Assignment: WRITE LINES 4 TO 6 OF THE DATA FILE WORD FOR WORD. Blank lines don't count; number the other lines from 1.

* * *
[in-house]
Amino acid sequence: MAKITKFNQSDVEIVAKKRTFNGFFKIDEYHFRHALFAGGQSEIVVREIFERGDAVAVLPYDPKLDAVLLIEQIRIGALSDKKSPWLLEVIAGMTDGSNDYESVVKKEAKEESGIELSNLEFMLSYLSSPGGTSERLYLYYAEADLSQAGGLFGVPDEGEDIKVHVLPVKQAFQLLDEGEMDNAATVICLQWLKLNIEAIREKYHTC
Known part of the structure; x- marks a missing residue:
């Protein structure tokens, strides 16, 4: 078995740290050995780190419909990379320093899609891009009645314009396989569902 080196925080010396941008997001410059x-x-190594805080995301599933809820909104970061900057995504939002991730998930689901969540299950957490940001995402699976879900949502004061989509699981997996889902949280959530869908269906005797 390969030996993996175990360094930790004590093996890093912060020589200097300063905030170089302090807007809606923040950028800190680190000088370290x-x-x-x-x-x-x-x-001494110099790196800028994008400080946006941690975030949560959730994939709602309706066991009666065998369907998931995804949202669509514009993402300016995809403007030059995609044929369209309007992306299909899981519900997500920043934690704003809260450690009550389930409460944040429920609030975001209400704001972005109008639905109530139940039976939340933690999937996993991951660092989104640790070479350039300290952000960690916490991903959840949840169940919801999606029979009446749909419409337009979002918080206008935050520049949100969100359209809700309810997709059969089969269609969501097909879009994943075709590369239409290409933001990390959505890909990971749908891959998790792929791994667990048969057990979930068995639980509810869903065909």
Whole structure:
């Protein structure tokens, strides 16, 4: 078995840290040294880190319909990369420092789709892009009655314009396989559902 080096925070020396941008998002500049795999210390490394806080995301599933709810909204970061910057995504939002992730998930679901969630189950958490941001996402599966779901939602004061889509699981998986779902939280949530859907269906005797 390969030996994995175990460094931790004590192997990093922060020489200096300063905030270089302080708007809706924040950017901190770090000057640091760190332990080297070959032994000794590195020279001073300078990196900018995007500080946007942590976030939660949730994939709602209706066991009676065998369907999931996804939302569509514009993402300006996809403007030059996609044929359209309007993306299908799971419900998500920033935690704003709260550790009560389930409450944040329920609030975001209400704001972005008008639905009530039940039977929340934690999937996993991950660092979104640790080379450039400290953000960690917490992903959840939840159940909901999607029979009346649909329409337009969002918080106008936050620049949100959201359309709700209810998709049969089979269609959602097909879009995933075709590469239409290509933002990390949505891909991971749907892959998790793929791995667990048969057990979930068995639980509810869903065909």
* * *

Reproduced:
């Protein structure tokens, strides 16, 4: 078995740290050995780190419909990379320093899609891009009645314009396989569902 080196925080010396941008997001410059x-x-190594805080995301599933809820909104970061900057995504939002991730998930689901969540299950957490940001995402699976879900949502004061989509699981997996889902949280959530869908269906005797 390969030996993996175990360094930790004590093996890093912060020589200097300063905030170089302090807007809606923040950028800190680190000088370290x-x-x-x-x-x-x-x-001494110099790196800028994008400080946006941690975030949560959730994939709602309706066991009666065998369907998931995804949202669509514009993402300016995809403007030059995609044929369209309007992306299909899981519900997500920043934690704003809260450690009550389930409460944040429920609030975001209400704001972005109008639905109530139940039976939340933690999937996993991951660092989104640790070479350039300290952000960690916490991903959840949840169940919801999606029979009446749909419409337009979002918080206008935050520049949100969100359209809700309810997709059969089969269609969501097909879009994943075709590369239409290409933001990390959505890909990971749908891959998790792929791994667990048969057990979930068995639980509810869903065909």
Whole structure:
């Protein structure tokens, strides 16, 4: 078995840290040294880190319909990369420092789709892009009655314009396989559902 080096925070020396941008998002500049795999210390490394806080995301599933709810909204970061910057995504939002992730998930679901969630189950958490941001996402599966779901939602004061889509699981998986779902939280949530859907269906005797 390969030996994995175990460094931790004590192997990093922060020489200096300063905030270089302080708007809706924040950017901190770090000057640091760190332990080297070959032994000794590195020279001073300078990196900018995007500080946007942590976030939660949730994939709602209706066991009676065998369907999931996804939302569509514009993402300006996809403007030059996609044929359209309007993306299908799971419900998500920033935690704003709260550790009560389930409450944040329920609030975001209400704001972005008008639905009530039940039977929340934690999937996993991950660092979104640790080379450039400290953000960690917490992903959840939840159940909901999607029979009346649909329409337009969002918080106008936050620049949100959201359309709700209810998709049969089979269609959602097909879009995933075709590469239409290509933002990390949505891909991971749907892959998790793929791995667990048969057990979930068995639980509810869903065909």